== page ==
Kid in class
5 min read | Aug 2020

Forever a Bulldog: I Survived Reform School

A former troubled youth recalls his time spent in the disciplinary system.

FrenchToast3 / Millennial / Libertarian / Educator

In fifth grade, I was sent to a disciplinary school called Shallcross. I was kicked out of my last school for fighting, but, really, I was just seeking attention. This school was completely different from any other school I attended. My first day was like the TV show Beyond Scared Straight.

I pulled up to the school to be confronted by six teachers. Well, I thought they were teachers. Mr. Scott walked onto the bus and yelled, "Y'all better wake the fuck up! Welcome, to y'alls first day of hell." The men who were waiting outside the school bus were all at least six feet tall and no strangers to the gym. Mr. Scott did most of the talking. "Walk off the bus in a single file line without talking, as you walk into the building. Take your shoes off and place them in a bucket. If you are wearing a belt, take it off and also place it in a bucket."


Reform School Is Basically Prison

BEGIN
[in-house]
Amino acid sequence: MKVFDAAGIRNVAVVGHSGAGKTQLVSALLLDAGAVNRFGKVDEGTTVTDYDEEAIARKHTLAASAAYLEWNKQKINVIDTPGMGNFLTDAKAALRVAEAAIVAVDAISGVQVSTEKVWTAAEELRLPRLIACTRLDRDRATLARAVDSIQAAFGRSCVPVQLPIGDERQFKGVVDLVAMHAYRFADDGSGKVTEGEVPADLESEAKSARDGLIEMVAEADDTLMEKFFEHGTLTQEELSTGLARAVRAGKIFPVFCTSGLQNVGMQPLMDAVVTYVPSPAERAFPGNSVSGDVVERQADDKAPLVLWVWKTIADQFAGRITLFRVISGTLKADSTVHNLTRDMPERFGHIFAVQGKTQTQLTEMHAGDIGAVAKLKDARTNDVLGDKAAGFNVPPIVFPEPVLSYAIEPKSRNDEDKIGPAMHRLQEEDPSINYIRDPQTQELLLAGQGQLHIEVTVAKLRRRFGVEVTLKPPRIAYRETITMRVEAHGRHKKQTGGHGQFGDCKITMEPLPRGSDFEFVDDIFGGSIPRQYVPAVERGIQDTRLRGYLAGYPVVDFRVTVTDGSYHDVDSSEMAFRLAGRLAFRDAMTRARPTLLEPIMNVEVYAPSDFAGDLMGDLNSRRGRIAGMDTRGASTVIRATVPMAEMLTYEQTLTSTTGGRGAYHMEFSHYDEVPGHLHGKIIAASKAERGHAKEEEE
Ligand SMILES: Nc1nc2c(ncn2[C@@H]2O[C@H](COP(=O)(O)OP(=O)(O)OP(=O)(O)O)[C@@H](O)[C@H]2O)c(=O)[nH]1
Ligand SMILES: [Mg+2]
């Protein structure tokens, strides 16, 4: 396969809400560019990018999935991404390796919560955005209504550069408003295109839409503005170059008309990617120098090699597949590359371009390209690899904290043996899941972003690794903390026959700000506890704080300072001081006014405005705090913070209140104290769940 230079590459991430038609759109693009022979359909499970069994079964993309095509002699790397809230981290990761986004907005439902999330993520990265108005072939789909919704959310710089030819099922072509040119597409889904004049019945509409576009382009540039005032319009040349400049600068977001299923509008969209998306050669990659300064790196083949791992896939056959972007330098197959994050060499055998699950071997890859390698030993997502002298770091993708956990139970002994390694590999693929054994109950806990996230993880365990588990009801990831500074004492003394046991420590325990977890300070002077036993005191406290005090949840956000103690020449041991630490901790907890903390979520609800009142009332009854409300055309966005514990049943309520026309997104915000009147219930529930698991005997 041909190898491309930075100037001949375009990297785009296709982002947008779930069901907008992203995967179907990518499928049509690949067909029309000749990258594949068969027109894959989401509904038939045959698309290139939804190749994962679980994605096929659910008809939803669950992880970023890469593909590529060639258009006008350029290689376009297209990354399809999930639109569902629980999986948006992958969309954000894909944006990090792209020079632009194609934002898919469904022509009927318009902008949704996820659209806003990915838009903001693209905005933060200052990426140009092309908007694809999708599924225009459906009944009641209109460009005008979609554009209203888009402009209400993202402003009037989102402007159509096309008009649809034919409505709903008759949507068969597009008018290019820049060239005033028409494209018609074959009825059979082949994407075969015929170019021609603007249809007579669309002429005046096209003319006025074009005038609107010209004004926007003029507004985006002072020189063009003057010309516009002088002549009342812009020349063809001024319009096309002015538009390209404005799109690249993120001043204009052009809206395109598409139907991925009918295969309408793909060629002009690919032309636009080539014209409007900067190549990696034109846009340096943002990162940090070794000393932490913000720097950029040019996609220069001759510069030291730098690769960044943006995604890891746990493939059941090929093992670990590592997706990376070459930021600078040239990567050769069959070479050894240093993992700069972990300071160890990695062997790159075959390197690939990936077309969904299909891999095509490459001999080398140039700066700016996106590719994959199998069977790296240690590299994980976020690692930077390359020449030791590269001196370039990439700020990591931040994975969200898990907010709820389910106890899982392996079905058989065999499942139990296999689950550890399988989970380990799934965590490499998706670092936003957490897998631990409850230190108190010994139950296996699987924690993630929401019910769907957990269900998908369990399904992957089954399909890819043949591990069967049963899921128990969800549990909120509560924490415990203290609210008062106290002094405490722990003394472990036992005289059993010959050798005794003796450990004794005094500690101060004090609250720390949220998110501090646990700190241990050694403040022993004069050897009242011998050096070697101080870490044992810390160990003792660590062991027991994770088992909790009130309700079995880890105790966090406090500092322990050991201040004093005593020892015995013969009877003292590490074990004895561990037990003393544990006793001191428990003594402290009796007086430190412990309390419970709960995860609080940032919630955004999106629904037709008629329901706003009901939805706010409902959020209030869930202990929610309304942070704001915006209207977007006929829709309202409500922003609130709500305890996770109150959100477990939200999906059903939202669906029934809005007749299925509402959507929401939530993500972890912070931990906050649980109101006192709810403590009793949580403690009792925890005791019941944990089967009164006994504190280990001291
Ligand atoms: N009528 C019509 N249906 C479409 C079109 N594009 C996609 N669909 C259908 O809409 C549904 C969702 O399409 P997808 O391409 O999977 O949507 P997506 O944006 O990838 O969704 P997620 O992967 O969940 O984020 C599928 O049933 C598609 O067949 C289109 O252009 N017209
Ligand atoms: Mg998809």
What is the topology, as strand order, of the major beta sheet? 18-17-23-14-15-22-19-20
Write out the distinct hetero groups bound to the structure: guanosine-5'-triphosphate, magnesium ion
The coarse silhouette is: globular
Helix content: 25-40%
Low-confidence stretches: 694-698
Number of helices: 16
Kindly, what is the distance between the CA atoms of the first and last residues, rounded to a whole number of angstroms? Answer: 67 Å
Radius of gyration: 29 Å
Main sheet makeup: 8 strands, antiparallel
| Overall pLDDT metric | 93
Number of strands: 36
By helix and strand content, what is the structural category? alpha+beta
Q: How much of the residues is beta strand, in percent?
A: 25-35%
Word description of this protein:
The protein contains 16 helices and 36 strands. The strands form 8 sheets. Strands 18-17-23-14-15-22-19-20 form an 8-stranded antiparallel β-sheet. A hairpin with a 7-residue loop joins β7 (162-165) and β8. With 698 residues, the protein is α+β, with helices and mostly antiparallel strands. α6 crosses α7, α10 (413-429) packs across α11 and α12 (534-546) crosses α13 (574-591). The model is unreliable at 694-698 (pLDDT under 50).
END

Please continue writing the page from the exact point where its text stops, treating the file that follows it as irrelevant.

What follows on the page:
We weren't allowed to wear backpacks; we held our work in our hands. They made it clear that we couldn't bring anything from the outside world into the school. I went from being an honors student to being in an academic prison with bodyguards who had the right to restrain me if I stepped one foot out of line.

My new school ran on a system of rankings and every student started on level one, hoping they could make it to the fourth level—which is called the bulldog status. Gaining the bulldog status would mean I was a step closer to regaining my freedom. Bulldog status also came with many more privileges. When I finally achieved it, I was able to bring money and snacks into the building. That's how I made money. The students who weren't a bulldog would pay me to get their goodies.

Looking back at it now, the school had so many similarities to prisons. Even when I am watching movies with prison scenes now, the first thing that comes to mind is this Shallcross.